If you go onto Fidelity, (I reference Fidelity not because they're paying me or because I work for them but because it's what I use), and you research a particular stock, (by which I mean, "click on research"), you will be able to see very clearly how that company is rated in terms of being environmentally responsible.  Green is good.  Yellow is ambiguous.  Red is bad.  GE is red.  Walmart, despite what you may heard, is still red.  

You might consider how you feel about prescription drug companies.  Or companies that produce a product that society does not need.  Like Coke.  And cigarettes.  And pork bellies.  The list is endless.

Beagle Exploitation...
Does the company test it's product on unsuspecting beagles?  Some do!  I don't know what you'd click on to find out, but you could Google it.  Or ask Amy Franks.

Point is, it's never been easier to get this information. 

I have to go do paid work now, so I'll have to continue this later.

Meanwhile, no pie for you!

Tuesday, June 25, 2013

Getting Right to the Point

I've been thinking a lot about this.  This is the post in which I get to the point about this managing-your-own-investments crusade that I'm apparently on.

This turns out to be a surprisingly humbling enterprise, but here goes...

One more preliminary bit of business, because I'm sure you're wondering, How does my portfolio perform?  Okay, I'll tell you.

My 401k's 1-year return has been +14.38 percent to date.

I  inherited an IRA when my father passed away.  I tend to focus more time and energy on that account--maybe because it has more money in it, or maybe because it was my father's money and so I feel a greater weight of responsibility for managing it well.

Interestingly, for all my excessive ministrations, the inherited IRA account's one-year return has been +8.26%.  Not as good as the 401k, but still not too bad.

I'm not saying you'll get rich. I'm saying, you can do just fine managing your money yourself.

One Little Personal Anecdote Before I Explain My Investment Management Methods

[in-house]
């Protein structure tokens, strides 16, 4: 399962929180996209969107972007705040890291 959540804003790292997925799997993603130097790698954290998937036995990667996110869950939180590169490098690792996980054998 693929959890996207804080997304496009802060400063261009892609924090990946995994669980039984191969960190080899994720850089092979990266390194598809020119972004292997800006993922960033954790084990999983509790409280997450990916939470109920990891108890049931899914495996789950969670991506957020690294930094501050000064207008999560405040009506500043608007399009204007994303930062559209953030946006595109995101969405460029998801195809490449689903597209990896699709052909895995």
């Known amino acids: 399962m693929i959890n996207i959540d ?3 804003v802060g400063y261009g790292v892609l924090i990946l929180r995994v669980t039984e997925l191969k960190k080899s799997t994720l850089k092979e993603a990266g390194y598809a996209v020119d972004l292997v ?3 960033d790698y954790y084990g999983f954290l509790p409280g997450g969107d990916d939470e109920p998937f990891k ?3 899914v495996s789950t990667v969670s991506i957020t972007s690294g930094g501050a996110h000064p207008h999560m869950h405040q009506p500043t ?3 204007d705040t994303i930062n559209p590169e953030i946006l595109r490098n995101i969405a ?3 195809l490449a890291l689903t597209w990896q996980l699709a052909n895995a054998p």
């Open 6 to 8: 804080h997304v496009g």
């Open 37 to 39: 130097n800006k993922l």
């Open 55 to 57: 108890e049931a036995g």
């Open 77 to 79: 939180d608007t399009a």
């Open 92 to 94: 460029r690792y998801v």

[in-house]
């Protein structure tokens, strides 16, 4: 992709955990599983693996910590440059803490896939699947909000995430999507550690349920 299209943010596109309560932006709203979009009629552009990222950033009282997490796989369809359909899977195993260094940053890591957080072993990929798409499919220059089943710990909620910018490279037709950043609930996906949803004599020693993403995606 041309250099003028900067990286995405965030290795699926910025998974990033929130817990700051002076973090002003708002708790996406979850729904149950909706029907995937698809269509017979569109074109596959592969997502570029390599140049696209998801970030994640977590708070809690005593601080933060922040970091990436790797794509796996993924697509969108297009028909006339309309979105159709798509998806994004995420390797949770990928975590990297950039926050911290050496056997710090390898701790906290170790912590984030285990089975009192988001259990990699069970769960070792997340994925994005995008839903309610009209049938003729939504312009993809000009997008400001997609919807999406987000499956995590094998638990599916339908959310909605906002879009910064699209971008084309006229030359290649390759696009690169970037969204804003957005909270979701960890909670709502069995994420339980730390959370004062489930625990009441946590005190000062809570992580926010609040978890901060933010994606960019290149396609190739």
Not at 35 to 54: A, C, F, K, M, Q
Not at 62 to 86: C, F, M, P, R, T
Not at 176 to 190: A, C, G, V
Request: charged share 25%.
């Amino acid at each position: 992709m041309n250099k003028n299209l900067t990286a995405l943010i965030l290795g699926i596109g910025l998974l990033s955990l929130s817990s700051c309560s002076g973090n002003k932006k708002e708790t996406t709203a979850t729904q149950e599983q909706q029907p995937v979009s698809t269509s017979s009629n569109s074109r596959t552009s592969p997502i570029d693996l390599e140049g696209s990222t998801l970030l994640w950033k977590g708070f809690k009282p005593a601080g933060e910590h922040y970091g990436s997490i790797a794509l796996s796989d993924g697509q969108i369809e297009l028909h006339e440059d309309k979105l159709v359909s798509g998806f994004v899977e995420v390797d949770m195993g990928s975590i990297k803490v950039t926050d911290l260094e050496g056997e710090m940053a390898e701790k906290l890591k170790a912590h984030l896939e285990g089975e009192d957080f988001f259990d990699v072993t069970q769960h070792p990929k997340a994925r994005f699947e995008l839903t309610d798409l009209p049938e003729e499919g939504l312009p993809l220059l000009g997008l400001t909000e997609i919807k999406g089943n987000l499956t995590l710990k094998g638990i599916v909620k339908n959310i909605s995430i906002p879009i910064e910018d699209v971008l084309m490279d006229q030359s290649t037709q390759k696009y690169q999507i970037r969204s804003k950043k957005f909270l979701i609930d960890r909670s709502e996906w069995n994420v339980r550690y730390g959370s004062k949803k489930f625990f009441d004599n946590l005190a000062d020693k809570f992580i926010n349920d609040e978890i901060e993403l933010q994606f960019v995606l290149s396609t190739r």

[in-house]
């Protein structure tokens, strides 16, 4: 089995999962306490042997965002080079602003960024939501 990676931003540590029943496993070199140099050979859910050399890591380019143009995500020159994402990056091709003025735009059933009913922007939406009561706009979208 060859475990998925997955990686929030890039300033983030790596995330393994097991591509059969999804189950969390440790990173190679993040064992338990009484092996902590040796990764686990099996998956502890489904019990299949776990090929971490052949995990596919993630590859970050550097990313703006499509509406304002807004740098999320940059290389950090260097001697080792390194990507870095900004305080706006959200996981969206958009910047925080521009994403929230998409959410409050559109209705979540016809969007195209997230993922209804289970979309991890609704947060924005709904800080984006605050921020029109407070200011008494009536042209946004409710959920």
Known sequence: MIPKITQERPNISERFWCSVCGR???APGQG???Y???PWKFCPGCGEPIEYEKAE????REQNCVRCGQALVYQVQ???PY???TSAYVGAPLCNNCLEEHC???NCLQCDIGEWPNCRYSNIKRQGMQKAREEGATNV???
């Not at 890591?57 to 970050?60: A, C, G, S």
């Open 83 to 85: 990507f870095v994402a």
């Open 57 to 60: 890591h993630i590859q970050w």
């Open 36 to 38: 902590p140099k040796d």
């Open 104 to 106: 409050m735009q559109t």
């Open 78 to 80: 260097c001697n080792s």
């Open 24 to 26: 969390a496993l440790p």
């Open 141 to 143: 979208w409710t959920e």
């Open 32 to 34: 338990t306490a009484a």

(which methods will not make for interesting reading in any event)

When my dad's IRA account came to me, it was being managed by a friend of my dad's who worked in a branch of a very large and recognizable financial institution.  Out of loyalty to my dad's friend, I won't name names.  Let's call her Ma'am.

While my dad was alive, we had dinner at Ma'am's house once.  Super nice house by the ocean, and she was very gracious.  After my dad died, I appreciated that personal connection she had to my father.  Ma'am was from my dad's generation.  They both enjoyed sailing.  I found this comforting.

After my dad died suddenly, I was in no shape to scrutinize my portfolio for quite some time.  But once I started to analyze it, I became a fairly nightmarish client--you know, the interfering type who calls way too frequently and asks too many questions.

Ma'am, this very nice family friend, was very patient with me and generous with her time.  However, listening to her talk about portfolios and funds was the auditory equivalent of receiving a printed statement from her financial institution--which statements were printed in 8-point type, single spaced.  Picture one of those on-line you-agree-to text box contracts reduced to 35% and printed horizontally on both sides of a sheet of legal paper.  

If one of these multi-page statements were tossed down a flight of stairs, you would never be able to put them back into the correct sequence again.  Nor would you bother trying.

My point was that, try as I might, I could not understand Ma'am.  She might as well have been speaking Sumerian.  Along with all of this blah, blah, blah; I'd get a pile glossy file folders crammed full of inscrutable material to look over.  

New as this all was to me, I had already had the experience of managing my own 401k through the Fidelity website.  As I mentioned in my earlier post, Fidelity somehow manages to communicate about the same world  in a way that my lowly "reasonable person" level of investment savvy can understand. 

Now, sure, this was still during the recession--20010 and 2011.  As Ma'am kept reminding me, no one was doing well then, and once Syria inevitably gained its freedom, it would become rabidly thirsty for Starbucks-- then my international mutual fund in the Middle East would set me up!